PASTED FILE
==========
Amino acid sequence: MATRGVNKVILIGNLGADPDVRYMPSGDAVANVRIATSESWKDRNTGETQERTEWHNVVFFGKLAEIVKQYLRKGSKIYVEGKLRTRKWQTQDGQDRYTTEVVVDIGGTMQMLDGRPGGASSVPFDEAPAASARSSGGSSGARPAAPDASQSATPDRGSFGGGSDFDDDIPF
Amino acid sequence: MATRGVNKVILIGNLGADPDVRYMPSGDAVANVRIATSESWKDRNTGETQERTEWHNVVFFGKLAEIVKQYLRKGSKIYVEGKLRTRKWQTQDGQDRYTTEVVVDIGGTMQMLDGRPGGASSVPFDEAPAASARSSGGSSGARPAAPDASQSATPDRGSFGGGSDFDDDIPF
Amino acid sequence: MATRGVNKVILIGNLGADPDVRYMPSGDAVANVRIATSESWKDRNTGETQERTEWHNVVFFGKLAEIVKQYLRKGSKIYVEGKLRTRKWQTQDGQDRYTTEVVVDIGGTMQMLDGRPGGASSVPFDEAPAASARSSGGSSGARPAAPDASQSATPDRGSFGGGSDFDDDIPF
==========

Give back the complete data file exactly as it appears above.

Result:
Amino acid sequence: MATRGVNKVILIGNLGADPDVRYMPSGDAVANVRIATSESWKDRNTGETQERTEWHNVVFFGKLAEIVKQYLRKGSKIYVEGKLRTRKWQTQDGQDRYTTEVVVDIGGTMQMLDGRPGGASSVPFDEAPAASARSSGGSSGARPAAPDASQSATPDRGSFGGGSDFDDDIPF
Amino acid sequence: MATRGVNKVILIGNLGADPDVRYMPSGDAVANVRIATSESWKDRNTGETQERTEWHNVVFFGKLAEIVKQYLRKGSKIYVEGKLRTRKWQTQDGQDRYTTEVVVDIGGTMQMLDGRPGGASSVPFDEAPAASARSSGGSSGARPAAPDASQSATPDRGSFGGGSDFDDDIPF
Amino acid sequence: MATRGVNKVILIGNLGADPDVRYMPSGDAVANVRIATSESWKDRNTGETQERTEWHNVVFFGKLAEIVKQYLRKGSKIYVEGKLRTRKWQTQDGQDRYTTEVVVDIGGTMQMLDGRPGGASSVPFDEAPAASARSSGGSSGARPAAPDASQSATPDRGSFGGGSDFDDDIPF